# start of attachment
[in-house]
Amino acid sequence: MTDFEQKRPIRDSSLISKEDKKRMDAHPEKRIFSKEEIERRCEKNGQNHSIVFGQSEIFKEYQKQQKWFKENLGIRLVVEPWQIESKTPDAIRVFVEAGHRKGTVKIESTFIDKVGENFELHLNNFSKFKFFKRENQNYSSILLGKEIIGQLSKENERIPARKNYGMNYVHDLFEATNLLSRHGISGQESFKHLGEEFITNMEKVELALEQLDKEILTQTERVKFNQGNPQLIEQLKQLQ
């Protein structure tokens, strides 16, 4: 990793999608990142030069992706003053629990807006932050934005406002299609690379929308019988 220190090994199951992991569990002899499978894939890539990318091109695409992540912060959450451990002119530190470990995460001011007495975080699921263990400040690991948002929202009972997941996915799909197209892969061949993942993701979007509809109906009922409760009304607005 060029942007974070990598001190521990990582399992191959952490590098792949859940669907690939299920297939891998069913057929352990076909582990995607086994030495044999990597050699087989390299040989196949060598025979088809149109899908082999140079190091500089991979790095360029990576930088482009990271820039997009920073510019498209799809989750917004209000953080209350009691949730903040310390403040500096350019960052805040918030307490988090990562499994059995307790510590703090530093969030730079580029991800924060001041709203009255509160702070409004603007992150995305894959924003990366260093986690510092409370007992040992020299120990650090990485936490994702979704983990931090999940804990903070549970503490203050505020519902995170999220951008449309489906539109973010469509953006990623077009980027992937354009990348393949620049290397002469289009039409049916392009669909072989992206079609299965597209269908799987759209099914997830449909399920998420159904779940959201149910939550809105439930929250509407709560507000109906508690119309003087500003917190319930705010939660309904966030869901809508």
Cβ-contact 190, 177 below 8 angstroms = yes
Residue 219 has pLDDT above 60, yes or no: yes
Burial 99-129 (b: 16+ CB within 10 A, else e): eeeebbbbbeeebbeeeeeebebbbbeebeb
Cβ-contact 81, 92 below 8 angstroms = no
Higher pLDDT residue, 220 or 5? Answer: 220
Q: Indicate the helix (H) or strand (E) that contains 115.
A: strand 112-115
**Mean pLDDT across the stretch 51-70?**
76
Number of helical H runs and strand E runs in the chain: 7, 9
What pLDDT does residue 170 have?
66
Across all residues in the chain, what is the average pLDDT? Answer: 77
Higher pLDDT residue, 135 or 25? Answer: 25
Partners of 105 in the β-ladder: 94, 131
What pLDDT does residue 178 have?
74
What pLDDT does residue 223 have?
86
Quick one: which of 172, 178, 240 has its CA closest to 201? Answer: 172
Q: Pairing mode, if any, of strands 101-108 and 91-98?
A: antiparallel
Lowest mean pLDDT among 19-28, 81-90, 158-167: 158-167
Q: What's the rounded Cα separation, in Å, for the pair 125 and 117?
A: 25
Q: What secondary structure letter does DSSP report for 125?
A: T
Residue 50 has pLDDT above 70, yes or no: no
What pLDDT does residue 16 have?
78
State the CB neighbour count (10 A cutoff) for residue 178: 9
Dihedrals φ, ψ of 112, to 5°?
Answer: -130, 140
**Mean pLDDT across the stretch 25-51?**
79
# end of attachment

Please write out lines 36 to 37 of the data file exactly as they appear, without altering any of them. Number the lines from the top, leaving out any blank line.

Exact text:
Answer: -130, 140
**Mean pLDDT across the stretch 25-51?**